Emotionally barren. See my review for the New York Press.

124) Pontypool (2008)

124) Pontypool (2008) Dir: Bruce McDonald Date Released: May 2009 Date Seen: May 6th, 2009 Rating: 3.25/5

Overblown but exciting genre experimentation. See my review for the New York Press.

Monday, May 4, 2009

123) Fighting (2009)

123) Fighting (2009) Dir: Dito Montiel Date Released: April 2009 Date Seen: May 2nd, 2009 Rating: 3.5/5

The career paths of New York up-and-coming indie directors Peter Sollett and Dito Montiel diverge at their respective sophomore features. Sollett’s rich vision of a New York City that filmgoers rarely get to see—one outside of Manhattan—in Raising Victor Vargas (2002) disappeared in his dismal follow-up, Nick and Norah’s Infinite Playlist (2008), a film that reduced Manhattan to hipster locales ala Monopoly. Montiel however made good on the promise he showed in his autobiographical debut A Guide to Recognizing Your Saints (2006) in Fighting (2009), a gritty fairy tale about the pimps, thugs and losers that get chewed up by the city and after beating it, have to leave it in order to live happily ever after.

Montiel’s New York has sustained its charm because it remains true to the kind of mythic redefinition of the city as a den of wonderfully obnoxious, paranoid dreamers that are always puffing themselves up twice as large as they really are. In it, I see the Queens of my youth rendered into an all-too-believable caricature, the kind that’s more real than reality. In Fighting, everyone’s out to get something and even if they try to get it through the clichéd tropes of a post-Rocky genre pic, they do so through the myths and stereotypes that the various minority clans carry with them (never heard of a “Puerto Rican shower” before the film but I love the fact that I’m honestly not sure if it’s a real expression or not). It’s a colorful mix of home-grown demons and in-jokes that rejects the myth of the great American melting pot and instead champions the myth of the city as a ragged patchwork of conflicting symbols and stories that only touch one other through their proximity.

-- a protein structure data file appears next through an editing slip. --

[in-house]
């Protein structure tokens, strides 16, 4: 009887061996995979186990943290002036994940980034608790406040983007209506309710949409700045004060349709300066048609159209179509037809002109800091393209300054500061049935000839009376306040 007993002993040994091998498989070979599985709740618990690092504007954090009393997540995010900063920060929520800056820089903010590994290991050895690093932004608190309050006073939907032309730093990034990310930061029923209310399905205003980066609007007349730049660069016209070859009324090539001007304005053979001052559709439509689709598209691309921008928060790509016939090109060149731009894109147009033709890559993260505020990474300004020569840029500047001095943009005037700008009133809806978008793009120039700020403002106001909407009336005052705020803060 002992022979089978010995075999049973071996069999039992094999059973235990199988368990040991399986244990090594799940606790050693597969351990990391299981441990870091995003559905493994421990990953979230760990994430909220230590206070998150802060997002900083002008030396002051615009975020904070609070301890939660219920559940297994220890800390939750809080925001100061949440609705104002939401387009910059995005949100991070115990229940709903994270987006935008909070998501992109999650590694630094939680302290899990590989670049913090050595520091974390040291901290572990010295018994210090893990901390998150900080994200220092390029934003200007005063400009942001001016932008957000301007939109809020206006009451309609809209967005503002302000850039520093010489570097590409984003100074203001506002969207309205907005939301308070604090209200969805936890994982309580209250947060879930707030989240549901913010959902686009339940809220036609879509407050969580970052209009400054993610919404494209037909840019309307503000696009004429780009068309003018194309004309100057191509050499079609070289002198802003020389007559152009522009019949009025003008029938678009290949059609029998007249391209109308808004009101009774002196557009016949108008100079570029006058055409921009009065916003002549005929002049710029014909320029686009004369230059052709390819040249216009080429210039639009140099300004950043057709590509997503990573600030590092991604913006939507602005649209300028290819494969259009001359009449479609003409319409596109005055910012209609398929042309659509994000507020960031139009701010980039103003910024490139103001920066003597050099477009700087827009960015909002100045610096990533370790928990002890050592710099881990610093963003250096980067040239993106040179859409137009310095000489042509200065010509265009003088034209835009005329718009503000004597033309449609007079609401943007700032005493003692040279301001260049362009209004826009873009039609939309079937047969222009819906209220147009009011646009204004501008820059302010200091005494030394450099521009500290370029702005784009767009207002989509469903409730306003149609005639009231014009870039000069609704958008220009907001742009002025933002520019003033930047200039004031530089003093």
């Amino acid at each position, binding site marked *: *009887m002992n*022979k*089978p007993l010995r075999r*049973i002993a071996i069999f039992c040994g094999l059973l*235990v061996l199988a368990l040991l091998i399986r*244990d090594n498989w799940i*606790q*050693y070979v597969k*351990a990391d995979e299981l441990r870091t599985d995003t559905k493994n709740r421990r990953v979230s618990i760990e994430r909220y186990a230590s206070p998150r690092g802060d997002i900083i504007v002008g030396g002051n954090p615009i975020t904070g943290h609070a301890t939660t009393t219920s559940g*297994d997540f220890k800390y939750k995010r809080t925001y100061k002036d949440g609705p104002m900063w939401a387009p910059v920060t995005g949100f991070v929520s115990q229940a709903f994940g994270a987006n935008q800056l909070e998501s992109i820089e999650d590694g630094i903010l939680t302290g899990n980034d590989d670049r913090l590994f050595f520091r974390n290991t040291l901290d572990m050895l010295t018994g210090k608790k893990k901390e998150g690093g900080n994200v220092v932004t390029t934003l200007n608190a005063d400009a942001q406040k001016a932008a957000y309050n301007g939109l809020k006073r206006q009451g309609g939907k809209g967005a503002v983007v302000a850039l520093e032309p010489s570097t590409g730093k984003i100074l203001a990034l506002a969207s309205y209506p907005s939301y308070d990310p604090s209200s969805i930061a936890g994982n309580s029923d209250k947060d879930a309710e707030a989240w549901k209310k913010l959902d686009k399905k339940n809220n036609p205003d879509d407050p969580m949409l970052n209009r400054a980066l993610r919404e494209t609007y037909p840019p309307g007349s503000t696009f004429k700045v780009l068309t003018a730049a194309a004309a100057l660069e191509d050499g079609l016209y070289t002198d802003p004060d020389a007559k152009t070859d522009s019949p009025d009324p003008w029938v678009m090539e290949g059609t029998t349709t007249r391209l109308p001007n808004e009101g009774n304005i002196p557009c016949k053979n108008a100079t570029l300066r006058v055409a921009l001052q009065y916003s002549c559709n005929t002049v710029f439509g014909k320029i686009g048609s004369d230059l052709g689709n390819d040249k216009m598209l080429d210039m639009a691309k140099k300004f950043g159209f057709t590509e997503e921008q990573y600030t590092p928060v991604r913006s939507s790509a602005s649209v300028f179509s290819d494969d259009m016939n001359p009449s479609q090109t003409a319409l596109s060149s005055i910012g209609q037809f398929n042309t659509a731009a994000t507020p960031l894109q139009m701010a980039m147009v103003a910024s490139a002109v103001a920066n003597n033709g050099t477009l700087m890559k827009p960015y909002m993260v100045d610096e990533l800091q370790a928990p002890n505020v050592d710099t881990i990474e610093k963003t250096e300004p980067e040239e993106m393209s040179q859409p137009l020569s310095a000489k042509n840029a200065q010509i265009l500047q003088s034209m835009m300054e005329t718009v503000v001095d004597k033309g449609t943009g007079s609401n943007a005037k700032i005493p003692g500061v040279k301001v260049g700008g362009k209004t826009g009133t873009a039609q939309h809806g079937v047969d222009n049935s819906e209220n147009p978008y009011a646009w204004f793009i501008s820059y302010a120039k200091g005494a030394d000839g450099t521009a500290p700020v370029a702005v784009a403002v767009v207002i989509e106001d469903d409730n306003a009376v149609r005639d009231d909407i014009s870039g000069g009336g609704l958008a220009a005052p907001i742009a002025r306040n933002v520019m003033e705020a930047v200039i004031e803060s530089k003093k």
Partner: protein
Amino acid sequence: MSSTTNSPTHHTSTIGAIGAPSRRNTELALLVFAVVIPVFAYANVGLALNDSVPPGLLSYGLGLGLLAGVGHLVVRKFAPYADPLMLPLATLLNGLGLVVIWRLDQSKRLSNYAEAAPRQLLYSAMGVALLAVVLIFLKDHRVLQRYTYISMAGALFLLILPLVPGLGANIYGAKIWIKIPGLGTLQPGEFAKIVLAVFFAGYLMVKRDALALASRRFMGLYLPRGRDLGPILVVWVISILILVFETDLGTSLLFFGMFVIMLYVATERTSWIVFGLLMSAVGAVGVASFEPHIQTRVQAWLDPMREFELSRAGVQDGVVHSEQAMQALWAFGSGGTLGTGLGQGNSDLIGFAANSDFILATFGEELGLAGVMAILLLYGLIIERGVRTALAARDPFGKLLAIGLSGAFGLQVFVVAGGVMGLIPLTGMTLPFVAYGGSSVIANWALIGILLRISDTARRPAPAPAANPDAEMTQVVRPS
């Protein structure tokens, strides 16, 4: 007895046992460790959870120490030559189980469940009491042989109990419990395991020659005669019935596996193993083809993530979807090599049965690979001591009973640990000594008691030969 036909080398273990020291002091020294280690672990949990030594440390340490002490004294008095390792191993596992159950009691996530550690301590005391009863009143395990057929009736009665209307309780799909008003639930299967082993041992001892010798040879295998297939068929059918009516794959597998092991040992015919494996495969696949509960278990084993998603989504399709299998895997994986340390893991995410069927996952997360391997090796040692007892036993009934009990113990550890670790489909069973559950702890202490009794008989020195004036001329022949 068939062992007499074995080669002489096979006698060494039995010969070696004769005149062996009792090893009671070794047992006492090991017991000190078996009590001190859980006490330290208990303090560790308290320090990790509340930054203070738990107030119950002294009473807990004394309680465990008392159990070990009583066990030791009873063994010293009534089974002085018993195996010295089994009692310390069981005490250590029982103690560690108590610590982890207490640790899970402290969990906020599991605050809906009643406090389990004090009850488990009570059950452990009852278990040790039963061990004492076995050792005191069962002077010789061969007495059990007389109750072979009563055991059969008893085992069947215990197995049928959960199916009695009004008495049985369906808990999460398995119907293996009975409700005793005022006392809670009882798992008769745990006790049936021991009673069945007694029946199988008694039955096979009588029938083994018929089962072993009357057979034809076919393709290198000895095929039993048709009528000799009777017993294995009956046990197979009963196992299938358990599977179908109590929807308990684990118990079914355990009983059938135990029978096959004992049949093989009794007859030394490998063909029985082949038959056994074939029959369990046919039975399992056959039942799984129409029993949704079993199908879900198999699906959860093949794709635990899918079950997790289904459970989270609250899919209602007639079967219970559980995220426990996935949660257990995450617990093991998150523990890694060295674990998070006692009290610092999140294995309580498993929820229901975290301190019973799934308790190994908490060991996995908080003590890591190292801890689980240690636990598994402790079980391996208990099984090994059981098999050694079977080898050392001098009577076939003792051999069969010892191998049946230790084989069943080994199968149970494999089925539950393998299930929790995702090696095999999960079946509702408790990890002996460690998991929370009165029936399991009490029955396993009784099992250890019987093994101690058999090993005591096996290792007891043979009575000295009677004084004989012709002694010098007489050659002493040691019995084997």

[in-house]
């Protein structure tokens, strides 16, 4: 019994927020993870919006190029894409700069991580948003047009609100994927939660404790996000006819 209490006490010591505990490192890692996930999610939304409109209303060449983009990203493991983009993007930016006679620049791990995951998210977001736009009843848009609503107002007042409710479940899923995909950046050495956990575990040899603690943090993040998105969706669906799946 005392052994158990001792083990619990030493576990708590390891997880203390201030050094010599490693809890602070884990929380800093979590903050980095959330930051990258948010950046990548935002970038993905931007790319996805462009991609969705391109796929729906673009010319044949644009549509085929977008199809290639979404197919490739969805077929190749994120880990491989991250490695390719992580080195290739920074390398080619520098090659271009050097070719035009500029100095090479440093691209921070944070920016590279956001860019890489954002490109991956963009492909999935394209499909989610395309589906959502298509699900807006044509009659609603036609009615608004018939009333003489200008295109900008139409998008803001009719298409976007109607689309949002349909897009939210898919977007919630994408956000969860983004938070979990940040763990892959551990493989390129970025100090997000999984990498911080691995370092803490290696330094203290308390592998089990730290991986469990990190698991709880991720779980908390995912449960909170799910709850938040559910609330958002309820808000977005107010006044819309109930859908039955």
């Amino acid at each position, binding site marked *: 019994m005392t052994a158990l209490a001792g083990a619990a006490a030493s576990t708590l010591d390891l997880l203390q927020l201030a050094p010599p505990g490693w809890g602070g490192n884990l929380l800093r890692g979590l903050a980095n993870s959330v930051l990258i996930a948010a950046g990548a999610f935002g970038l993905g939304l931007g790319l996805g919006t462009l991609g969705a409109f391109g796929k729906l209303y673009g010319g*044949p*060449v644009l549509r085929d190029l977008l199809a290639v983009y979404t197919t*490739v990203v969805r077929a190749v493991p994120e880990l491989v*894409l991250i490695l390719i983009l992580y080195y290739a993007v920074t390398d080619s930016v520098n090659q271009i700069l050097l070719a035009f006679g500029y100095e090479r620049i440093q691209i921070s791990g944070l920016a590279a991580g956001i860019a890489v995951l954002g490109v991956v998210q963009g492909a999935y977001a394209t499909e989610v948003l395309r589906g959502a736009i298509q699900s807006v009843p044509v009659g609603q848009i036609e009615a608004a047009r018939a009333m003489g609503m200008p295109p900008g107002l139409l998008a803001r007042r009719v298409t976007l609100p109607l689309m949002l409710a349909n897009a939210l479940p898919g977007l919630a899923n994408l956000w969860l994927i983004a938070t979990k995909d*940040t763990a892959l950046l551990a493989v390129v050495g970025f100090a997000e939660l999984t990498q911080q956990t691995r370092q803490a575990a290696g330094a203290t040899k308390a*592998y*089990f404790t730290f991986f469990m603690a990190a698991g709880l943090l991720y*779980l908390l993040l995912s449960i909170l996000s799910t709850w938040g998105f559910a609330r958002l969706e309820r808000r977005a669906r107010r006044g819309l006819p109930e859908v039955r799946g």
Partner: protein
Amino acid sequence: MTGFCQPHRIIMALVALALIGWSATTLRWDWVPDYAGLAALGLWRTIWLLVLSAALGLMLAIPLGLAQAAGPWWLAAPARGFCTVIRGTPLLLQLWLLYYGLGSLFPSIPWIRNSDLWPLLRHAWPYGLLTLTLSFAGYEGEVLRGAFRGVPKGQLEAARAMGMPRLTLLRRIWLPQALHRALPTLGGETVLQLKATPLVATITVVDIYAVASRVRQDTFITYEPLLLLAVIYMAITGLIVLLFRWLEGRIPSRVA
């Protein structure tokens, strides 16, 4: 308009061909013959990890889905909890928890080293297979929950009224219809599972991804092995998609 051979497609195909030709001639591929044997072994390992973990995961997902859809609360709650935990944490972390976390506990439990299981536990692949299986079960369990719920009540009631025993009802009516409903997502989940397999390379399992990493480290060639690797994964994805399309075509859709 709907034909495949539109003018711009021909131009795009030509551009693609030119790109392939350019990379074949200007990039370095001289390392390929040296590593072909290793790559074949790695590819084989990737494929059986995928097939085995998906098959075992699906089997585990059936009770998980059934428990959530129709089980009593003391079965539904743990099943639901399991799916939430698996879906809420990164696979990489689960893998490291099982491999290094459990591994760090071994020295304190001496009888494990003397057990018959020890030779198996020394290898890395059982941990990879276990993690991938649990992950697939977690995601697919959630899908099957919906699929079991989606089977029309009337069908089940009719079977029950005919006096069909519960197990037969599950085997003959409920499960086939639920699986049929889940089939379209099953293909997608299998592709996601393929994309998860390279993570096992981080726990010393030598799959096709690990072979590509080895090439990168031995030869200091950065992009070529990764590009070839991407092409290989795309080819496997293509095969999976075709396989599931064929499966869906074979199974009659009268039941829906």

Montiel is so in love with the cliques of the city’s various minorities that he gives The Warriors a run for its money in its comic book factionalism. In Brooklyn there’s the Russians; in the Bronx, the Latinos; in Queens, the Chinese; in Manhattan, the Afro-Americans. This is the city as defined by the hard stares of people that look at non-natives as intruders, reversing the traditional presentation of the minority as “other” that has long pervaded Western fiction and hence criticism. These blocs make the city’s history but unlike the white kids in Sollett’s New York ala Nick and Norah, they won’t give it to you without a fight.

Enter our hero Shawn MacArthur (rising star Channing Tatum), a fugitive from Birmingham, Alabama and a quintessential Montiel hustler as defined by his manager Harvey Boarden (Terrence Howard) as “someone that can’t win that wins.” Under Harvey’s wing, Shawn takes up bare-knuckle brawling so he doesn’t have to sell bootlegs of Harry Potter and umbrellas in Times Square. He’s not strictly skilled at scrapping nor is he consistently lucky—his first two fights are called off thanks to a water fountain and a tipped-over beer. Still, through his own tenacity, he wheedles his way into the company of Boarden, his rival Evan (Brian J. White) and his new girl Zulay (Zulay Valez) and gets his own self-fashioned introduction to The Big Apple.